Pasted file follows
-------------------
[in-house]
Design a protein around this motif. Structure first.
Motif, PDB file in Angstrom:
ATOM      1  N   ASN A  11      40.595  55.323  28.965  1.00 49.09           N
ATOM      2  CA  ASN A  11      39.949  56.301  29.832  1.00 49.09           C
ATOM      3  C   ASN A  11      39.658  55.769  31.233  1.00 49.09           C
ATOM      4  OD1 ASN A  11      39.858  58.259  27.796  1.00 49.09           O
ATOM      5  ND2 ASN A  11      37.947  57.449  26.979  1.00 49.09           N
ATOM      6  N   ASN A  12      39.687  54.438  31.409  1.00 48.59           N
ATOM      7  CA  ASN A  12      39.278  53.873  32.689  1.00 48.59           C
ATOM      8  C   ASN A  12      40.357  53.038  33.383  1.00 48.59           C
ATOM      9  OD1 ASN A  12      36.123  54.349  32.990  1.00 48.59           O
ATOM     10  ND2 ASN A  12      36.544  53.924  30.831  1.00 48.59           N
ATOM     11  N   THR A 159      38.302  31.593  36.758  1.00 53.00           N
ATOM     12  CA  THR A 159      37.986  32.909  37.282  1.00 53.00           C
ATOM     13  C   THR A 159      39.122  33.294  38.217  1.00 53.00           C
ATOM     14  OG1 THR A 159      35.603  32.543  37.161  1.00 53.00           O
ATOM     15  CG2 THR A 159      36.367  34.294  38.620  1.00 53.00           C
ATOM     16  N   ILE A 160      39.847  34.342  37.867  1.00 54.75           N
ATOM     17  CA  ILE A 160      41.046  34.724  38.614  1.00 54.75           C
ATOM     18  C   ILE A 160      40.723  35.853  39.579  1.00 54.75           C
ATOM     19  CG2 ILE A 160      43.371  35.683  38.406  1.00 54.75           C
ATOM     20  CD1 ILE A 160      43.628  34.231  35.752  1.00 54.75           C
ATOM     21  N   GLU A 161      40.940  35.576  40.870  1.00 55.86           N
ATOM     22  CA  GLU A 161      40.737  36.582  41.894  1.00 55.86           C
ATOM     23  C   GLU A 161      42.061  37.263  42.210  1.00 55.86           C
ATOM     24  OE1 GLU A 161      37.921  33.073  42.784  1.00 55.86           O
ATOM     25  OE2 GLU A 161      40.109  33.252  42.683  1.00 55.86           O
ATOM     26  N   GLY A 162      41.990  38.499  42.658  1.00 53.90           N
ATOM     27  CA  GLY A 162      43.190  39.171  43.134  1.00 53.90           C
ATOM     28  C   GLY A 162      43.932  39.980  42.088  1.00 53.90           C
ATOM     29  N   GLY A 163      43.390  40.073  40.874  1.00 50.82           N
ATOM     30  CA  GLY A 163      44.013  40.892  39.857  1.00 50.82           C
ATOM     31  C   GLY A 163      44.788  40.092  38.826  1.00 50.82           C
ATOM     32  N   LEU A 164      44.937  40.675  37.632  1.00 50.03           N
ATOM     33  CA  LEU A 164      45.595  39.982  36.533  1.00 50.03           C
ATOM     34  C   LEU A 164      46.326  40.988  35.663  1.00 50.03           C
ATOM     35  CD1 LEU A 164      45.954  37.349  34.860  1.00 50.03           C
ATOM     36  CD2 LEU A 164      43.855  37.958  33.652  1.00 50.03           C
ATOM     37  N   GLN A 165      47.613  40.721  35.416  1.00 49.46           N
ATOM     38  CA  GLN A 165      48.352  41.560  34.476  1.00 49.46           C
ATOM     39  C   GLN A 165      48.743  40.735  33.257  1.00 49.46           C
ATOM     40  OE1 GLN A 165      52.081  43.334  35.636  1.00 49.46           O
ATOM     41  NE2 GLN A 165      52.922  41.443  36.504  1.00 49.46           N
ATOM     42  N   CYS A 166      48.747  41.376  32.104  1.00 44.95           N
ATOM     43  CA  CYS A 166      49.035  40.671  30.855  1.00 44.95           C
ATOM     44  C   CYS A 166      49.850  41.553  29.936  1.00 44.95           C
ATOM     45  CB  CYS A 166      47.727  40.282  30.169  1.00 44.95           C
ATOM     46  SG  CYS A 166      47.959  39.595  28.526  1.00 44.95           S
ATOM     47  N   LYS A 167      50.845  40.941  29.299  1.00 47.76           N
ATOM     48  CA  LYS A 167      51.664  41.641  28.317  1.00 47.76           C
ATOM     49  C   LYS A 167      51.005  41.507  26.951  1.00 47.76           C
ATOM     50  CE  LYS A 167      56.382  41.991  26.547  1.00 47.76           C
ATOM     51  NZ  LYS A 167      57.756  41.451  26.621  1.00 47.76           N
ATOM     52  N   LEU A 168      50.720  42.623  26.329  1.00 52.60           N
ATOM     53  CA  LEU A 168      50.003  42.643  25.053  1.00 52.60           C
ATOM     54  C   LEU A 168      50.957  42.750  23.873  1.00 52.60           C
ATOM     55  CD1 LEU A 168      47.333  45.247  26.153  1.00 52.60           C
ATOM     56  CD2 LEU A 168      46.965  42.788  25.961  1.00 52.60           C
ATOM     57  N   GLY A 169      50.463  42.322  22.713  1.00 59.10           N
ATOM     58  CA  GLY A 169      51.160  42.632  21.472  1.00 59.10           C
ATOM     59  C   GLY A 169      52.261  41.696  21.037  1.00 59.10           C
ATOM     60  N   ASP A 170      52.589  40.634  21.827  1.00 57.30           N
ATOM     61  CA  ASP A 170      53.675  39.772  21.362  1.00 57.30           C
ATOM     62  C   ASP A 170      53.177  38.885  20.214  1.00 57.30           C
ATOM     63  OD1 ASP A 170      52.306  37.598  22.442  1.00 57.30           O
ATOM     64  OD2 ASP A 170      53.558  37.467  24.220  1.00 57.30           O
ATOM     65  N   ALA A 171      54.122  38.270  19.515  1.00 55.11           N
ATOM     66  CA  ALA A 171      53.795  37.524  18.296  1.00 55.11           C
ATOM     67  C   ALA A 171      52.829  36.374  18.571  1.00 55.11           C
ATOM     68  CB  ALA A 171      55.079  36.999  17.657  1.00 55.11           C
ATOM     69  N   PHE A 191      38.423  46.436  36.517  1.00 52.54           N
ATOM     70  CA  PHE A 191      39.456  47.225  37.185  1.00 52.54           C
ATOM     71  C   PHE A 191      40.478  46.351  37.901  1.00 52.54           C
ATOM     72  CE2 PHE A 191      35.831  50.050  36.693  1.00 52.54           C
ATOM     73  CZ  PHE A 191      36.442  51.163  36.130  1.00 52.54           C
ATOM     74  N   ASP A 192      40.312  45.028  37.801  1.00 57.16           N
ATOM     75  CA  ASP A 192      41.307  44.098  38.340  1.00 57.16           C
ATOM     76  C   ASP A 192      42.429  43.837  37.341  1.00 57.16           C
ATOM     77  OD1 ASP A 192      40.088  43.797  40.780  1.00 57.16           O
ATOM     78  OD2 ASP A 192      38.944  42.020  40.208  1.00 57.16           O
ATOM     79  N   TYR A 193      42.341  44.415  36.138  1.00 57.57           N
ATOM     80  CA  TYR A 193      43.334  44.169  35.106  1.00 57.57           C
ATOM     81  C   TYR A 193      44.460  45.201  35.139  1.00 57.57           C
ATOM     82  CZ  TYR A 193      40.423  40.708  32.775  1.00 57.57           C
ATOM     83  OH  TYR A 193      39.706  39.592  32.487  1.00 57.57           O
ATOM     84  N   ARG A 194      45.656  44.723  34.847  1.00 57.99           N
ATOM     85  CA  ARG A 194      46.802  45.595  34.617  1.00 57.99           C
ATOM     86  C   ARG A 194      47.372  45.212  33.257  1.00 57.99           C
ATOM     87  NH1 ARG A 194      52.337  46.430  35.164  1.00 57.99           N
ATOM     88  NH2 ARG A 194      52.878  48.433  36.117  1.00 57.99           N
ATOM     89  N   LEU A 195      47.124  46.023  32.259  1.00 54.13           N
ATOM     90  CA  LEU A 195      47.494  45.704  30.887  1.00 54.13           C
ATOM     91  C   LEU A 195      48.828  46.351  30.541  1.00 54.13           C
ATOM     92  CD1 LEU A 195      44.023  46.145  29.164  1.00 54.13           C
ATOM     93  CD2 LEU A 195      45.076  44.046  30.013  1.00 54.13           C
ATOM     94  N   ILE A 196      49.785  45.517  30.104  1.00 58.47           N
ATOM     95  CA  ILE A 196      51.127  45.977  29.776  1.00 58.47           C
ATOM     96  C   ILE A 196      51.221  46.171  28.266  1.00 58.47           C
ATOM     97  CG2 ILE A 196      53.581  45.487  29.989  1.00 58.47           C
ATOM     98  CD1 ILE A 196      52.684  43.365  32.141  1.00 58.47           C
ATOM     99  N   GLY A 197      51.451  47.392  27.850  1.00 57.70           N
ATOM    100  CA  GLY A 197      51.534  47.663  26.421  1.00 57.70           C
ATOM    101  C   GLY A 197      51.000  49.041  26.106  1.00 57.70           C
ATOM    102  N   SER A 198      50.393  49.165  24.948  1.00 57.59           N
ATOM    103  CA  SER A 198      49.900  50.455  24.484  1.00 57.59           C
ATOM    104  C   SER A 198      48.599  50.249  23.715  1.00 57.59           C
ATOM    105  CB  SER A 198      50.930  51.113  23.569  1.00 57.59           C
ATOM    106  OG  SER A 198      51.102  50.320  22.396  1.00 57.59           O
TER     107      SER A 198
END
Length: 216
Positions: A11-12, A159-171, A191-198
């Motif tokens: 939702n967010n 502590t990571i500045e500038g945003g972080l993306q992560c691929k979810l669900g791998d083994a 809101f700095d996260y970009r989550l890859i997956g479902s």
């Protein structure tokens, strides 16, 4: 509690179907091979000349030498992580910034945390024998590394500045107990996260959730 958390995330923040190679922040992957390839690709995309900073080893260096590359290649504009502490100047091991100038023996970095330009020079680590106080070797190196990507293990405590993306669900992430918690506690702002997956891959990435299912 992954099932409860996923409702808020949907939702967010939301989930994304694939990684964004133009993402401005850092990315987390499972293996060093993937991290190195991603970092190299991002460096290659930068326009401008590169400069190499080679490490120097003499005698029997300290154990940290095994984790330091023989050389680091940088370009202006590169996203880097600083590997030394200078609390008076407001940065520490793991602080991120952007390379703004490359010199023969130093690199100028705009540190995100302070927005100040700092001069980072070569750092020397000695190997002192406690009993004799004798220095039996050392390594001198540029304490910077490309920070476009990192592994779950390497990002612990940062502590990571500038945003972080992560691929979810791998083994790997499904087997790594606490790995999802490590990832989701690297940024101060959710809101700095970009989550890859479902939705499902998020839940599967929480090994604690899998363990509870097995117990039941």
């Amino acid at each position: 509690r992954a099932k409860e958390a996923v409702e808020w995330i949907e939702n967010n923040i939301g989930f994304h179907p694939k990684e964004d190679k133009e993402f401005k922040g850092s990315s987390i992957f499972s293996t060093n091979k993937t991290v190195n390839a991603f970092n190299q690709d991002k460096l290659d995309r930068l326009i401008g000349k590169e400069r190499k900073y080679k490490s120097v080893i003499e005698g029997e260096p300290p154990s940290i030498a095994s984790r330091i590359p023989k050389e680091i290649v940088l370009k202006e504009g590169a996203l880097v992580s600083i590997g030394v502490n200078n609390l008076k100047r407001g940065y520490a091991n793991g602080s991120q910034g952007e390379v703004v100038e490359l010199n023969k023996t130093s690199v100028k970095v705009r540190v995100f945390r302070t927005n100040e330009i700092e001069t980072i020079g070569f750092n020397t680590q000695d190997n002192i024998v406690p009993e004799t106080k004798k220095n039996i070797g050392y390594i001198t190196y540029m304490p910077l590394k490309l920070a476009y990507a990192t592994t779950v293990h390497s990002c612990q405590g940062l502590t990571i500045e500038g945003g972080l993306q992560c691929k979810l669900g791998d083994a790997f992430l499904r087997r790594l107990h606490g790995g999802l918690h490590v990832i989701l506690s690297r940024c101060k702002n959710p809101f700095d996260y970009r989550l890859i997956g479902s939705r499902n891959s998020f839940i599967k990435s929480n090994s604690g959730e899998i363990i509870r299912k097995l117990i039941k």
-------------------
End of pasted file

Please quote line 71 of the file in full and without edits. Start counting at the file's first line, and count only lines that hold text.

ATOM     68  CB  ALA A 171      55.079  36.999  17.657  1.00 55.11           C